The circuit board 20 is provided with a number of conductor traces and vias and other structures in order to provide power, ground and signals transfers between the semiconductor chip 15 and another circuit device that is not shown. To facilitate those transfers, the carrier substrate may be provided with input/outputs in the form of a pin grid array, a ball grid array, a land grid array or other type of interconnect scheme.
Additional details of the semiconductor chip 15 will be described in conjunction with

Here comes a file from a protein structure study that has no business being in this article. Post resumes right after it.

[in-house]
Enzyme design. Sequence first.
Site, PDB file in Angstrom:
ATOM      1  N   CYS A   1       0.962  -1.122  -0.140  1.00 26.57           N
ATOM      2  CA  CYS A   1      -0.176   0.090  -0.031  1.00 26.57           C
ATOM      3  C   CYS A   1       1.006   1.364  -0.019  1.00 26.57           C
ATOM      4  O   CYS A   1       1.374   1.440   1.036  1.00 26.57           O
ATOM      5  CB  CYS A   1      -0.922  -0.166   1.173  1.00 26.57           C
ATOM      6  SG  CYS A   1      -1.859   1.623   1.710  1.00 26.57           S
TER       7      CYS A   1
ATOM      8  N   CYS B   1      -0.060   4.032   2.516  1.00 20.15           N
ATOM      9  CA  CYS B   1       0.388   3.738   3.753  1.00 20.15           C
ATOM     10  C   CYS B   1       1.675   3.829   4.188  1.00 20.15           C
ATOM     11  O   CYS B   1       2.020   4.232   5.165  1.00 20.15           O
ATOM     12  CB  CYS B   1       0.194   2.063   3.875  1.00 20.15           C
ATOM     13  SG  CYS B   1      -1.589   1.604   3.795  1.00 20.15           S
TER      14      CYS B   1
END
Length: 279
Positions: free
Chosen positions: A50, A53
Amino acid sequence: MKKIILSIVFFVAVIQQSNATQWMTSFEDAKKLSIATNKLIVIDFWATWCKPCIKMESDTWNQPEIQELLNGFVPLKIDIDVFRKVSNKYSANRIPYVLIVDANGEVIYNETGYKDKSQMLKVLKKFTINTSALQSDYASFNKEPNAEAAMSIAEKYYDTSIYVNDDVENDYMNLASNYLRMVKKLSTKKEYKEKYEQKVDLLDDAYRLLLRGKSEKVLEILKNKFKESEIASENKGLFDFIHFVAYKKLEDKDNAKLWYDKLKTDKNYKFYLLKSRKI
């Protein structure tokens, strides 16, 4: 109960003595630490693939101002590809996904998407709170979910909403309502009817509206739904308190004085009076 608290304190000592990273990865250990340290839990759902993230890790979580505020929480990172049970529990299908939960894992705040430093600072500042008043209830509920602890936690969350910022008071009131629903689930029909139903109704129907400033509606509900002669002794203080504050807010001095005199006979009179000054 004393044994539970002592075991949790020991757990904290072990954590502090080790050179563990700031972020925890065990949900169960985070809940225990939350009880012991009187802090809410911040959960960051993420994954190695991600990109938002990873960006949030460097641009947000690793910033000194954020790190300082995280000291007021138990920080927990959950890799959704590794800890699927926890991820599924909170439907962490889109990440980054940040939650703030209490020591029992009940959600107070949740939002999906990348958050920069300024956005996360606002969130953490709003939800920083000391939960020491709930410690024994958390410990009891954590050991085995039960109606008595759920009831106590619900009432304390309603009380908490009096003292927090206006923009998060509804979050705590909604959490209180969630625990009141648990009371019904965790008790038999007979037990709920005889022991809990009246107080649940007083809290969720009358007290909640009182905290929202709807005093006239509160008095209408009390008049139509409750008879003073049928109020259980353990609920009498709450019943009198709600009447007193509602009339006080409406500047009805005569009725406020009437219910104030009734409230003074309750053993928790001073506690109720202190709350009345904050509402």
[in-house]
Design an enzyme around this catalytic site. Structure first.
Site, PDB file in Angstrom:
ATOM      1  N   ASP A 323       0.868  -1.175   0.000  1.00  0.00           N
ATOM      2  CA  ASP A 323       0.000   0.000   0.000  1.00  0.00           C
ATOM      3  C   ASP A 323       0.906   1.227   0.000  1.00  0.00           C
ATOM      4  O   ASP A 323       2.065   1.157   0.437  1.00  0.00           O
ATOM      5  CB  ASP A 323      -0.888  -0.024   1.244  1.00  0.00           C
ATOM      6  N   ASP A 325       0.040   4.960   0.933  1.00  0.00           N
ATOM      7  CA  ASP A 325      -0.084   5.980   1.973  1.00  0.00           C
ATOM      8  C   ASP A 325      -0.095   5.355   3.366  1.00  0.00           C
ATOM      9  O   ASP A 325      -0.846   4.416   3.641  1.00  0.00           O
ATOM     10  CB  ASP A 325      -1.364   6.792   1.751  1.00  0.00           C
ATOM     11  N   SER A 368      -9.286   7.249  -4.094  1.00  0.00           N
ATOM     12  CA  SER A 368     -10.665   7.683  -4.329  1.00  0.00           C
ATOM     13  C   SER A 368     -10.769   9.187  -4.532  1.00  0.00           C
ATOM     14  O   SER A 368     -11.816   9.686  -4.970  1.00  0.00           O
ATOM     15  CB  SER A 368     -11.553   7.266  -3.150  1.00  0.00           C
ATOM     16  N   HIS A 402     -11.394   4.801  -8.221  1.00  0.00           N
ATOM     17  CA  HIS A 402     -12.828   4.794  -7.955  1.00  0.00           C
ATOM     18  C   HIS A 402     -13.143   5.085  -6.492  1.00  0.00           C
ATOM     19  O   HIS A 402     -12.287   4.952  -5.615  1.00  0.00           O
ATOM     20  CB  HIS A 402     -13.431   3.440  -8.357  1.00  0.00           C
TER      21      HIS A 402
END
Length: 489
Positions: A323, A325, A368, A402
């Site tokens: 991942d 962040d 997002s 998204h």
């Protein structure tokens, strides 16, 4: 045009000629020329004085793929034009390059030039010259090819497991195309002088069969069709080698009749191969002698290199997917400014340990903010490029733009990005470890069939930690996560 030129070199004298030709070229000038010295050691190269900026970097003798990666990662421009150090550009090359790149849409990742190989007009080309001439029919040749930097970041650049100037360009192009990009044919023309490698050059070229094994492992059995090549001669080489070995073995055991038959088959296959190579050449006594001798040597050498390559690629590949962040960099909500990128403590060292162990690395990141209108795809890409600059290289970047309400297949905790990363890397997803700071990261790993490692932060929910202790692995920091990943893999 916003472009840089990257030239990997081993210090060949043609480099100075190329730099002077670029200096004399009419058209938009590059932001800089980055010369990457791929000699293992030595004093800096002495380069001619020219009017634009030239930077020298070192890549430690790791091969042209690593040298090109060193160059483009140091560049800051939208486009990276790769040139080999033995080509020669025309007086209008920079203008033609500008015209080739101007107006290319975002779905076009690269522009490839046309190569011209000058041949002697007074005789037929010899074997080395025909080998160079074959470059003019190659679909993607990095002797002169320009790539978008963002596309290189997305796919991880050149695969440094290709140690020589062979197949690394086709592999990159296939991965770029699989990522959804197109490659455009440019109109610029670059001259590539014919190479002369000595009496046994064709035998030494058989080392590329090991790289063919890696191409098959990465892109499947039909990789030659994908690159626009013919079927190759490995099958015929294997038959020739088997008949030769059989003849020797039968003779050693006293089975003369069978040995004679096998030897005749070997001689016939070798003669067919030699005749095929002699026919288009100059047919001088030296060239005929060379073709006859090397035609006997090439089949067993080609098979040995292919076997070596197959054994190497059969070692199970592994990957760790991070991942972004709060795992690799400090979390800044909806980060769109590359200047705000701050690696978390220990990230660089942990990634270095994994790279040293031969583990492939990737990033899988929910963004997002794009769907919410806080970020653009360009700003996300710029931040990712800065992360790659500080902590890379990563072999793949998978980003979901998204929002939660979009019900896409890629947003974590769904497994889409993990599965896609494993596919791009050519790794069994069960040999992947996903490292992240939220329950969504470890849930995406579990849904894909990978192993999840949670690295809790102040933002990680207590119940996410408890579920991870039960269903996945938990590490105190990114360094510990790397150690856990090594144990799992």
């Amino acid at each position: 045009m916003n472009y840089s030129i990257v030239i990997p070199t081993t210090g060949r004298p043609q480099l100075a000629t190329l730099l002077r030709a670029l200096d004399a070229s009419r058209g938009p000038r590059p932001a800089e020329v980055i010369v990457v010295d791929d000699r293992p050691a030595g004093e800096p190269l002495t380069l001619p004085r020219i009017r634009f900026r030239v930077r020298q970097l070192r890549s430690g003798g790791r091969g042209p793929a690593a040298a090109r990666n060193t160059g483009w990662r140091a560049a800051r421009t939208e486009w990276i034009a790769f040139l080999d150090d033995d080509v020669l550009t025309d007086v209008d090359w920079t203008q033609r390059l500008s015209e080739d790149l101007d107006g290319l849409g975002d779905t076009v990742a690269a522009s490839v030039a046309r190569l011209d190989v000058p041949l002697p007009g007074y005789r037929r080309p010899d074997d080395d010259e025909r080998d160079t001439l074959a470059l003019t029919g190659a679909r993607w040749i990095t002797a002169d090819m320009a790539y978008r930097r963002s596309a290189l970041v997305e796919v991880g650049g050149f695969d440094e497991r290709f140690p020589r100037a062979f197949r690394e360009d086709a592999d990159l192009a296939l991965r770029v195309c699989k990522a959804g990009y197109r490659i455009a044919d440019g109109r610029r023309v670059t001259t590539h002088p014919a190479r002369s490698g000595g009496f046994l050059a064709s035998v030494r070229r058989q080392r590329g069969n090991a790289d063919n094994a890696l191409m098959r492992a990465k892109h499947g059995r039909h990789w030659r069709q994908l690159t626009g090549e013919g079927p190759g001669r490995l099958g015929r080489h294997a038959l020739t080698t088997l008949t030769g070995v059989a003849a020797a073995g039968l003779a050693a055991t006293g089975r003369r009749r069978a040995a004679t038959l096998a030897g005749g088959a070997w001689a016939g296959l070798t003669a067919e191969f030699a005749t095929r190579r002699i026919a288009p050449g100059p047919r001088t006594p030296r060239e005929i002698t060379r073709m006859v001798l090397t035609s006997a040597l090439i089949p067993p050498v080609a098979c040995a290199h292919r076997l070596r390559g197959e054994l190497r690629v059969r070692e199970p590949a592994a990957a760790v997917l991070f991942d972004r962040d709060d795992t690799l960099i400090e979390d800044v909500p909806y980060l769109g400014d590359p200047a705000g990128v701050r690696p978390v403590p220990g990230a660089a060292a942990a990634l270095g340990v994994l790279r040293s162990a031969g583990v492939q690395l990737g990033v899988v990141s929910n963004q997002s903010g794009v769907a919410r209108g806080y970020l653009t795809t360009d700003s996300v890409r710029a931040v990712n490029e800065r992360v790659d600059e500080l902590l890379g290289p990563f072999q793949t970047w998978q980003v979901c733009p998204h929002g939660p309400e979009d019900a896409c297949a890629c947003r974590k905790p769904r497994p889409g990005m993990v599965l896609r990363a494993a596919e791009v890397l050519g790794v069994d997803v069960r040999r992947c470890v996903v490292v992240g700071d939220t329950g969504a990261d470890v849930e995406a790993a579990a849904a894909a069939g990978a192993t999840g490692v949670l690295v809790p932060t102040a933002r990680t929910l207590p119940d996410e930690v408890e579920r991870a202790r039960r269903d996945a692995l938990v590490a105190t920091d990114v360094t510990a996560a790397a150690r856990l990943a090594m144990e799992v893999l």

The following description of the solder joint 50 will be illustrative of the other solder joints as well. The solder joint 50 includes a solder bump 60 that is metallurgically bonded to another solder structure 65 that is sometimes referred to as a pre-solder. The solder bump 60 and the pre-solder 65 are metallurgically joined by way of a solder re-flow process. The irregular line 70 denotes the hypothetical border between the solder bump 60 and pre-solder 65 following the re-flow. However, the skilled artisan will appreciate that such a border 70 is seldom that readily visible even during microscopic examination. The solder bump 60 may be composed of various lead-based or lead-free solders. An exemplary lead-based solder may have a composition at or near eutectic proportions, such as about 63% Sn and 37% Pb. Lead-free examples include tin-silver (about 97.3% Sn 2.7% Ag), tin-copper (about 99% Sn 1% Cu), tin-silver-copper (about 96.5% Sn 3% Ag 0.5% Cu) or the like. The pre-solder 65 may be composed of the same types of materials. Optionally, the pre-solder 65 may be eliminated in favor of a single solder structure or a solder plus a conducting post arrangement. The solder bump 60 is metallurgically connected to a conductor structure or 75 that is alternatively termed an underbump metallization or UBM structure. The UBM structure 75 is, in turn, electrically connected to another conductor structure or pad in the chip 15 that is labeled 80 and may be part of the plural metallization layers in the semiconductor chip 15. The conductor 80 may be termed a redistribution layer or RDL structure. The conductor or pad 80 may be used as an input/output site for power, ground or signals or may be used as a dummy pad that is not electrically tied to other structures. The pre-solder 65 is similarly metallurgically bonded to a conductor 85 that surrounded laterally by a solder mask 90 applied to the circuit board 20. The conductor structure 85 forms part of what may be multiple layers of conductor structures and interconnected by vias and surrounded by dielectric material layers.